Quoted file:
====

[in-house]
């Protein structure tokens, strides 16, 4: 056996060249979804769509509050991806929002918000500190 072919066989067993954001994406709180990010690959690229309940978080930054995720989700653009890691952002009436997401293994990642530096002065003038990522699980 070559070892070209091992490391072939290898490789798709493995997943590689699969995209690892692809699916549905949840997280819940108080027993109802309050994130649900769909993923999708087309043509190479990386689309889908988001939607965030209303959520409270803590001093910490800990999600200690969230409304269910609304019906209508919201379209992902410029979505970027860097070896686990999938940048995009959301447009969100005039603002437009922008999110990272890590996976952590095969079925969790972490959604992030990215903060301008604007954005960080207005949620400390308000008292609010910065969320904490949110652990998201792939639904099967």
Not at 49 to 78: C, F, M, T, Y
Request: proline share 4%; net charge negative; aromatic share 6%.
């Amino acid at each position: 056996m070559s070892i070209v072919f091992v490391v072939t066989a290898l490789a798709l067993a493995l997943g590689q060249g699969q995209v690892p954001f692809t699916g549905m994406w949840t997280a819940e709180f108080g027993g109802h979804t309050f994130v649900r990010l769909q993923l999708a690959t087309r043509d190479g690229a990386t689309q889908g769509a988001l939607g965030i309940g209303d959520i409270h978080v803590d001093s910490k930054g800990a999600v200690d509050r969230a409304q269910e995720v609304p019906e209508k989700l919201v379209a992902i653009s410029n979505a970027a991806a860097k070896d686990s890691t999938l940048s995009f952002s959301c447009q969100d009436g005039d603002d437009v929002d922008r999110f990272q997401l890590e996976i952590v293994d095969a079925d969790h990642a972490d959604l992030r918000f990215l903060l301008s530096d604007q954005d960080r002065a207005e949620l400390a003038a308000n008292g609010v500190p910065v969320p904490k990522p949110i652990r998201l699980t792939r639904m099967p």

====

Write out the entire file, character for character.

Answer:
[in-house]
């Protein structure tokens, strides 16, 4: 056996060249979804769509509050991806929002918000500190 072919066989067993954001994406709180990010690959690229309940978080930054995720989700653009890691952002009436997401293994990642530096002065003038990522699980 070559070892070209091992490391072939290898490789798709493995997943590689699969995209690892692809699916549905949840997280819940108080027993109802309050994130649900769909993923999708087309043509190479990386689309889908988001939607965030209303959520409270803590001093910490800990999600200690969230409304269910609304019906209508919201379209992902410029979505970027860097070896686990999938940048995009959301447009969100005039603002437009922008999110990272890590996976952590095969079925969790972490959604992030990215903060301008604007954005960080207005949620400390308000008292609010910065969320904490949110652990998201792939639904099967």
Not at 49 to 78: C, F, M, T, Y
Request: proline share 4%; net charge negative; aromatic share 6%.
């Amino acid at each position: 056996m070559s070892i070209v072919f091992v490391v072939t066989a290898l490789a798709l067993a493995l997943g590689q060249g699969q995209v690892p954001f692809t699916g549905m994406w949840t997280a819940e709180f108080g027993g109802h979804t309050f994130v649900r990010l769909q993923l999708a690959t087309r043509d190479g690229a990386t689309q889908g769509a988001l939607g965030i309940g209303d959520i409270h978080v803590d001093s910490k930054g800990a999600v200690d509050r969230a409304q269910e995720v609304p019906e209508k989700l919201v379209a992902i653009s410029n979505a970027a991806a860097k070896d686990s890691t999938l940048s995009f952002s959301c447009q969100d009436g005039d603002d437009v929002d922008r999110f990272q997401l890590e996976i952590v293994d095969a079925d969790h990642a972490d959604l992030r918000f990215l903060l301008s530096d604007q954005d960080r002065a207005e949620l400390a003038a308000n008292g609010v500190p910065v969320p904490k990522p949110i652990r998201l699980t792939r639904m099967p």